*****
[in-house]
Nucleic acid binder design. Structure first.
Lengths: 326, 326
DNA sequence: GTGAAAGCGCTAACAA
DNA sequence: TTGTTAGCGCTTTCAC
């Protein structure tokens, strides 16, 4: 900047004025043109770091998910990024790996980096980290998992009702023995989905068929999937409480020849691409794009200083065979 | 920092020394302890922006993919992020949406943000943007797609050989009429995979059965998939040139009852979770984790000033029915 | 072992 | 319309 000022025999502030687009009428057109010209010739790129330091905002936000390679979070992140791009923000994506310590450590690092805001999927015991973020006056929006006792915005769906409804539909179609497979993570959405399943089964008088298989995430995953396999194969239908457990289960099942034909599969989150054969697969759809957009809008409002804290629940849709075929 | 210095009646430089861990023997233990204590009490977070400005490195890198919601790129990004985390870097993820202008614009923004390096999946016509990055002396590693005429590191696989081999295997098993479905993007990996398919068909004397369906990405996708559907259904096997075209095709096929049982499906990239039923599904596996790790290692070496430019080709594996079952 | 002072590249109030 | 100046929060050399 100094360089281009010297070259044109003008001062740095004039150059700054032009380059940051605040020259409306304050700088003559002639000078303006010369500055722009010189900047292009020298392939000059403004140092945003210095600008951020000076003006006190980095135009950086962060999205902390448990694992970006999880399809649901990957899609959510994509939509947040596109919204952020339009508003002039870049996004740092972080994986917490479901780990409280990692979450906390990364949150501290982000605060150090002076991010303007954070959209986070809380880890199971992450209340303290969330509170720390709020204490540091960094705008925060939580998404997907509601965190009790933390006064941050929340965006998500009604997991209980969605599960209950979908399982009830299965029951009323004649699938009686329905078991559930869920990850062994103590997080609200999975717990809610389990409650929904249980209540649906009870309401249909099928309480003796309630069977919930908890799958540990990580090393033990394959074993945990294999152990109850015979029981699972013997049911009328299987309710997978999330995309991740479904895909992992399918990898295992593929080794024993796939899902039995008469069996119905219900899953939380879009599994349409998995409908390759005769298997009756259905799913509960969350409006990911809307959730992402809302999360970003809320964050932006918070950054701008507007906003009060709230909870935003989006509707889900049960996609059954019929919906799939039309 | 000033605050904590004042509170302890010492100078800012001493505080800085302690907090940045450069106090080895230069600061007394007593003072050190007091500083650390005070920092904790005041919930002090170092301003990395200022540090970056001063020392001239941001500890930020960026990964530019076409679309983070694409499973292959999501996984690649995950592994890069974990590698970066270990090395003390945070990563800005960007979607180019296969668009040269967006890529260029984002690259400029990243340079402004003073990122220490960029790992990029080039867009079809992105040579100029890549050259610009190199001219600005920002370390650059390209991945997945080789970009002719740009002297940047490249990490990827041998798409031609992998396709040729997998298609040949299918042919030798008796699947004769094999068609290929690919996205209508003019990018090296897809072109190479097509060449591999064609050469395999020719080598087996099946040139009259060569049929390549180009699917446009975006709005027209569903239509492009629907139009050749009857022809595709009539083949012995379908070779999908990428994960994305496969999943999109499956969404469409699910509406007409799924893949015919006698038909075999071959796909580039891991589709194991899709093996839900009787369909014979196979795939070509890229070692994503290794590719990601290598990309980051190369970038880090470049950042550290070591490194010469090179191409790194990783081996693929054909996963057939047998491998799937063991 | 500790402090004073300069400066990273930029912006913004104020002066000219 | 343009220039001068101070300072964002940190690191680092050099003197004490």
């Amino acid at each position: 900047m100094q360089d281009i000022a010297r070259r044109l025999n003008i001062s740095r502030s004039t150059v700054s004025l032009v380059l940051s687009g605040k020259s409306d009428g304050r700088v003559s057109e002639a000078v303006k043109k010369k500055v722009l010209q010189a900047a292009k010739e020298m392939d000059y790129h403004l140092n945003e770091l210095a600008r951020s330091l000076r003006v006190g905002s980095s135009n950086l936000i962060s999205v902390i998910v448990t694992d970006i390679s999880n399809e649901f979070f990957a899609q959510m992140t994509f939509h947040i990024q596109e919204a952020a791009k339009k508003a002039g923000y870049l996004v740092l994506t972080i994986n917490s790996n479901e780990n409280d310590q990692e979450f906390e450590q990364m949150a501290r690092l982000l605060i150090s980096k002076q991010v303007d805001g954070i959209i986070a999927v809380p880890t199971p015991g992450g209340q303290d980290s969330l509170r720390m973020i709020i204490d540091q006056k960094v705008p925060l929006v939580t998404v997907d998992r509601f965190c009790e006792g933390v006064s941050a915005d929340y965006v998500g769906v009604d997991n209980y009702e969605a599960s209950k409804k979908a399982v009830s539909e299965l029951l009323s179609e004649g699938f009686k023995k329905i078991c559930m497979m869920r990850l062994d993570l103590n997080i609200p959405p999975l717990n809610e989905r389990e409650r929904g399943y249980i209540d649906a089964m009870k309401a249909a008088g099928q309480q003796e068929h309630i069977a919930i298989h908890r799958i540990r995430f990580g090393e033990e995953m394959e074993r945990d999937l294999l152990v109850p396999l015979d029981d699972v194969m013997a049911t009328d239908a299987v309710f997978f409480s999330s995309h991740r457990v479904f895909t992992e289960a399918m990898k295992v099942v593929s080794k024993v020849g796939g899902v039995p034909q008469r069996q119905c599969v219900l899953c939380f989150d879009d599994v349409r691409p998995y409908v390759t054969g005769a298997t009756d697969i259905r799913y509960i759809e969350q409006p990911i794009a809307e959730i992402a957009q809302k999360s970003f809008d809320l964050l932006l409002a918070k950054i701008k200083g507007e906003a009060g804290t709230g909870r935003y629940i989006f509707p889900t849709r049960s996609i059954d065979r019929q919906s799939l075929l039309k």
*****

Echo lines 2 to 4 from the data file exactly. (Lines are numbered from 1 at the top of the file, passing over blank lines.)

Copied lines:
Nucleic acid binder design. Structure first.
Lengths: 326, 326
DNA sequence: GTGAAAGCGCTAACAA